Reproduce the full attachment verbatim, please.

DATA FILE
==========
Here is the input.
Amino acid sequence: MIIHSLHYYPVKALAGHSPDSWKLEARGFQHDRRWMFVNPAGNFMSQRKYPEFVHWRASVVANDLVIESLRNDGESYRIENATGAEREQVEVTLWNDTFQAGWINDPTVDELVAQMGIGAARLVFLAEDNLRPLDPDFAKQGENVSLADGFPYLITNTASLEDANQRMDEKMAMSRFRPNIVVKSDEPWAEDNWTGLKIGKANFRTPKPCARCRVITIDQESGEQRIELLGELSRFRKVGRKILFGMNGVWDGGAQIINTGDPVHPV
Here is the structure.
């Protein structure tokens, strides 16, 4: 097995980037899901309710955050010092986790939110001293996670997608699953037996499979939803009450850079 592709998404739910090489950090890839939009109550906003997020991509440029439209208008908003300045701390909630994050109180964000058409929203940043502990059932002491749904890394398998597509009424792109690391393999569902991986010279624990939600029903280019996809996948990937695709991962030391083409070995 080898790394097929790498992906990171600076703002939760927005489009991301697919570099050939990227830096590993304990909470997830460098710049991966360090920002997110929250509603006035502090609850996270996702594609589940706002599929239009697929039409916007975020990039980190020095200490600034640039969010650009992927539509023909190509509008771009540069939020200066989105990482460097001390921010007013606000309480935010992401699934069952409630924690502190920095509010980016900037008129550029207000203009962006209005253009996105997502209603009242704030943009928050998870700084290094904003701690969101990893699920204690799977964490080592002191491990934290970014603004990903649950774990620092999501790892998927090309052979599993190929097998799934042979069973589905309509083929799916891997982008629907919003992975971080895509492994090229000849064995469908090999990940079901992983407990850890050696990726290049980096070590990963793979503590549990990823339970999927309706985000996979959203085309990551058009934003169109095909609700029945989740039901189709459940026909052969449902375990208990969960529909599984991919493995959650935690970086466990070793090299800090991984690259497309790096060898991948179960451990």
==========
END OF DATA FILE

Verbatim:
Here is the input.
Amino acid sequence: MIIHSLHYYPVKALAGHSPDSWKLEARGFQHDRRWMFVNPAGNFMSQRKYPEFVHWRASVVANDLVIESLRNDGESYRIENATGAEREQVEVTLWNDTFQAGWINDPTVDELVAQMGIGAARLVFLAEDNLRPLDPDFAKQGENVSLADGFPYLITNTASLEDANQRMDEKMAMSRFRPNIVVKSDEPWAEDNWTGLKIGKANFRTPKPCARCRVITIDQESGEQRIELLGELSRFRKVGRKILFGMNGVWDGGAQIINTGDPVHPV
Here is the structure.
């Protein structure tokens, strides 16, 4: 097995980037899901309710955050010092986790939110001293996670997608699953037996499979939803009450850079 592709998404739910090489950090890839939009109550906003997020991509440029439209208008908003300045701390909630994050109180964000058409929203940043502990059932002491749904890394398998597509009424792109690391393999569902991986010279624990939600029903280019996809996948990937695709991962030391083409070995 080898790394097929790498992906990171600076703002939760927005489009991301697919570099050939990227830096590993304990909470997830460098710049991966360090920002997110929250509603006035502090609850996270996702594609589940706002599929239009697929039409916007975020990039980190020095200490600034640039969010650009992927539509023909190509509008771009540069939020200066989105990482460097001390921010007013606000309480935010992401699934069952409630924690502190920095509010980016900037008129550029207000203009962006209005253009996105997502209603009242704030943009928050998870700084290094904003701690969101990893699920204690799977964490080592002191491990934290970014603004990903649950774990620092999501790892998927090309052979599993190929097998799934042979069973589905309509083929799916891997982008629907919003992975971080895509492994090229000849064995469908090999990940079901992983407990850890050696990726290049980096070590990963793979503590549990990823339970999927309706985000996979959203085309990551058009934003169109095909609700029945989740039901189709459940026909052969449902375990208990969960529909599984991919493995959650935690970086466990070793090299800090991984690259497309790096060898991948179960451990």